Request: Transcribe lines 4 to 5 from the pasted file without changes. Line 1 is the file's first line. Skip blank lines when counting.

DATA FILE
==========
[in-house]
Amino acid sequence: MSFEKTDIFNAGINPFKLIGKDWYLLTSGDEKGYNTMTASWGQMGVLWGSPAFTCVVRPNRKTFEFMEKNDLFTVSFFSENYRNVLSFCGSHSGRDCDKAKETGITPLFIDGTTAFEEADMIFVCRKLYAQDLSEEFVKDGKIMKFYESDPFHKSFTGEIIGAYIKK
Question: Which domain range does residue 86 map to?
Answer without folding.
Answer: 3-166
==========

Answer without folding.
Answer: 3-166